Poulton believes these services could help governments make better policies to avoid conflicts in developing countries. “Land rights and inheritance issues have caused tribal and civil unrest, but a digital national map from both satellite and mapping companies allows governments to implement inheritance rights and practices, provide subsidies based upon predicted weather patterns, land conditions and droughts, and perhaps more importantly, develop the infrastructure and homeland security policies to support its demographic profile at a larger cost savings.”
    In North America, Keating said ComDev is maintaining solid business with its U.S. government customers. “We expect to see significant growth in our U.S. operations,” said Keating. “The revenue in 2008 was about $10 million. The current revenue run rate is about $25 million and we have recently received a $20 million order for a significant U.S. government program.”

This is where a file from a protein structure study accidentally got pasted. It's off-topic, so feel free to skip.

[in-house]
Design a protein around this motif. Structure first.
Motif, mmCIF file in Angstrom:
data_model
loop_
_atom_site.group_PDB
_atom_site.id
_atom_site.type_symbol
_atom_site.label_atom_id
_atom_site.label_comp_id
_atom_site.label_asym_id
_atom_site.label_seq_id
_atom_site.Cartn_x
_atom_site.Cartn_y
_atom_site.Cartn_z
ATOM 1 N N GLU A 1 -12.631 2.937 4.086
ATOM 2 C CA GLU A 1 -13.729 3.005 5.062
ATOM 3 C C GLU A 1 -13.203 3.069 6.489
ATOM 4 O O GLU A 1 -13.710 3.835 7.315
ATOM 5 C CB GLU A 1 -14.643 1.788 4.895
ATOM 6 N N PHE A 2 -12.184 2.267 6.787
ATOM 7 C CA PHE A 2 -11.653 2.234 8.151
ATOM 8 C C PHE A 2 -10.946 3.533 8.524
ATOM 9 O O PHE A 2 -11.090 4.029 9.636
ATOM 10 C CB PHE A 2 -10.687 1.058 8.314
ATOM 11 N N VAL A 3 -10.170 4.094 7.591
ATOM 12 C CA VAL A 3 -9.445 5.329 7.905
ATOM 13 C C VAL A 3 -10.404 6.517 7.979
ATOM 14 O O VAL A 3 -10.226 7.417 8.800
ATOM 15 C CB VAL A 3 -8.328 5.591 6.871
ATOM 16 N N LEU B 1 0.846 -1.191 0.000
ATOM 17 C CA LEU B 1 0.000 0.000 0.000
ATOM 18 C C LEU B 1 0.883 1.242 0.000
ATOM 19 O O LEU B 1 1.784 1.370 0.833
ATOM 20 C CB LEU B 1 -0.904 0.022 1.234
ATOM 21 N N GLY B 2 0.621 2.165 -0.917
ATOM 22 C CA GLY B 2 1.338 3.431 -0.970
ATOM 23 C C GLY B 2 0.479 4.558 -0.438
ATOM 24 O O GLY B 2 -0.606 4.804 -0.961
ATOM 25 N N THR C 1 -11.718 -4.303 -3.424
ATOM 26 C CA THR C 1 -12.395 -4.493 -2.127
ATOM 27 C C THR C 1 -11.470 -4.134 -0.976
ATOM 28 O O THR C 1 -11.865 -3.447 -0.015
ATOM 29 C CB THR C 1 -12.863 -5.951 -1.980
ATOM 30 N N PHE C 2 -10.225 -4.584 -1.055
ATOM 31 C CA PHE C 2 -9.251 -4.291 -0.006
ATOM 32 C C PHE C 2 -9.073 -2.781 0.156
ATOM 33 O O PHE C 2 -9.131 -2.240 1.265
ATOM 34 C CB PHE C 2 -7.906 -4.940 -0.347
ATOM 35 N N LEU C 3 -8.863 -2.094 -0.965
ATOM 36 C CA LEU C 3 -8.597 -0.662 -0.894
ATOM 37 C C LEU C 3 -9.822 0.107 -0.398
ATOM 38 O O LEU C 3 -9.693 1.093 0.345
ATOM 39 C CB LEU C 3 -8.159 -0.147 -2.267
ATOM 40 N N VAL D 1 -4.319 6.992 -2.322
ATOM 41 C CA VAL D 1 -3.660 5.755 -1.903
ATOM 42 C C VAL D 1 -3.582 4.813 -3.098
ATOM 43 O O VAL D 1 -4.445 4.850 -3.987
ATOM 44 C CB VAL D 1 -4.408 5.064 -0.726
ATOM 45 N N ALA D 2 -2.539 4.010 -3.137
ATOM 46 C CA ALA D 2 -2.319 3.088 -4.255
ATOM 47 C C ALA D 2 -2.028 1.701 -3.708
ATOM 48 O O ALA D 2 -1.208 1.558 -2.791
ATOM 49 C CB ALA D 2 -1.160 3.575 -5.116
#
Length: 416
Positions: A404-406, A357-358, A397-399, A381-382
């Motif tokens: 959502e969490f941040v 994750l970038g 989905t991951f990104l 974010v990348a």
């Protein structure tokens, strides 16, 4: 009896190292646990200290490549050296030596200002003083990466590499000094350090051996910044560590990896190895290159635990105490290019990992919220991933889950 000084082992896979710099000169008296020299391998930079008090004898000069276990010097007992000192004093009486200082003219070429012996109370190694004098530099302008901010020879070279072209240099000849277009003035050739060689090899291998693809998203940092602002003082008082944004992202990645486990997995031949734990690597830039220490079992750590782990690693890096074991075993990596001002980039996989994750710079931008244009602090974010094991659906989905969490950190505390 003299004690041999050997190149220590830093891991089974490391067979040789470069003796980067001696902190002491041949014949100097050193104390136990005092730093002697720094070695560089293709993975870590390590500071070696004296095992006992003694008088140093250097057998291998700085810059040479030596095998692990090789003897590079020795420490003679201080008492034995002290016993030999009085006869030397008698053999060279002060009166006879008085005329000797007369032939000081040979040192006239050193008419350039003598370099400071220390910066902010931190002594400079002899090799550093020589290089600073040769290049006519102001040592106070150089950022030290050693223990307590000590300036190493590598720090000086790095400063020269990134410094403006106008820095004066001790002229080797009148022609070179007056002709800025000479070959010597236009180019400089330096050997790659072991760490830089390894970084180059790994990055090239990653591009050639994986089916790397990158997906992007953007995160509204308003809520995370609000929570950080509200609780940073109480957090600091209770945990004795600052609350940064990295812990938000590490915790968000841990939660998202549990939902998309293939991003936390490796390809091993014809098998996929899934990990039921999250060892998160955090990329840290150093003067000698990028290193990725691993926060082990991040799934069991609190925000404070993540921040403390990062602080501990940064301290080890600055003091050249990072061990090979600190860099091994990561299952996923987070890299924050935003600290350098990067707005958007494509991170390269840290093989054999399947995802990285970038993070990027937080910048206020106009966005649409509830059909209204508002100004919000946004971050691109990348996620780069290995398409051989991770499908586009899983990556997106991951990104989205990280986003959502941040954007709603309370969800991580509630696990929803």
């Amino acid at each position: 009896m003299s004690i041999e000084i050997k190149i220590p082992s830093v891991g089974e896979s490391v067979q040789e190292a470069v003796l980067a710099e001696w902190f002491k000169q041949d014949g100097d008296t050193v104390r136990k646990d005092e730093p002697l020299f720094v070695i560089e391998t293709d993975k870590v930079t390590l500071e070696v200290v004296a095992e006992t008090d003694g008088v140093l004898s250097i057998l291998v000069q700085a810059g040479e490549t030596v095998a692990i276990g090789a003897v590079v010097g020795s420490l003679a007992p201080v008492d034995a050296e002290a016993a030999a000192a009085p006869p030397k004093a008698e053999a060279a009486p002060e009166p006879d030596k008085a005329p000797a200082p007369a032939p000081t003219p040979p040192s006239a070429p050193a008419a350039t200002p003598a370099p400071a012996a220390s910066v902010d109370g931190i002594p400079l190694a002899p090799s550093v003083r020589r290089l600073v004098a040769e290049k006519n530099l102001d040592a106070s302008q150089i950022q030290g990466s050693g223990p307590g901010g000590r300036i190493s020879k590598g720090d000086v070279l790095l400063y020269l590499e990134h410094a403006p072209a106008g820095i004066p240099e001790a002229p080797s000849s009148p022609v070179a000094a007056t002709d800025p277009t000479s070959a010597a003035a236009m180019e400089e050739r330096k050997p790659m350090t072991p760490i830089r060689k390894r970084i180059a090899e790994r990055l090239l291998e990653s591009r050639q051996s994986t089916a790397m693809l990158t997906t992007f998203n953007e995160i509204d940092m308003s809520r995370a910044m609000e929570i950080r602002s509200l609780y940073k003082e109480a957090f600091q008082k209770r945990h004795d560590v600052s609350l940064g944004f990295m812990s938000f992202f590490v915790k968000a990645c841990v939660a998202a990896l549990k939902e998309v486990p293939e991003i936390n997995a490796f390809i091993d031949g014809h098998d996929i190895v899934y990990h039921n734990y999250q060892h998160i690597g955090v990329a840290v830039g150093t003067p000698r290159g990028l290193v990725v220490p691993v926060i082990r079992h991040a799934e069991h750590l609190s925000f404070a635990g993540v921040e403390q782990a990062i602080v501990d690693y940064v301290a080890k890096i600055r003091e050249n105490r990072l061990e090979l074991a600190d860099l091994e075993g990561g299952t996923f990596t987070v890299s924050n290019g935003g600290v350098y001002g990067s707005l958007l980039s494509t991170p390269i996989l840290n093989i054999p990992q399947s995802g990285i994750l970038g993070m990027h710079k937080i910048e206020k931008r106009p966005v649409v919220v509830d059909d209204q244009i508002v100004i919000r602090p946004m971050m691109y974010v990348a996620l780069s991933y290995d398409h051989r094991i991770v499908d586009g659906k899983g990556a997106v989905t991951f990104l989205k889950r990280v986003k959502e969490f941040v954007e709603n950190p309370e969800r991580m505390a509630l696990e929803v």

Keating also sees government growth opportunities outside of the United States. “We expect to see some growth in our European operations, following on from a lean period when several key government programs were delayed by the European authorities. It looks like most of them will start up in 2009,” he said. “The Canadian government and the Canadian Space Agency is busy reviewing its long term space plan. A number of new programs have been proposed and we hope that some of them will be supported in the current review.”
    Mowry said government demand for small satellites in the 3-metric ton class continues to benefit the launch industry, especially in Europe. “The recent [European Space Agency] ESA ministerial was a success and made provisions for four more ATV cargo supply missions to the International Space Station.  ESA also provided funding for work to begin on a new cryogenic reignitable upperstage engine for the Ariane 5,” he said.

Part 3 of our feature, “Industry Executives Reveal Expectations for 2009” will list industry-wide predictions from top executives as well as what excites them about the satellite business in 2009.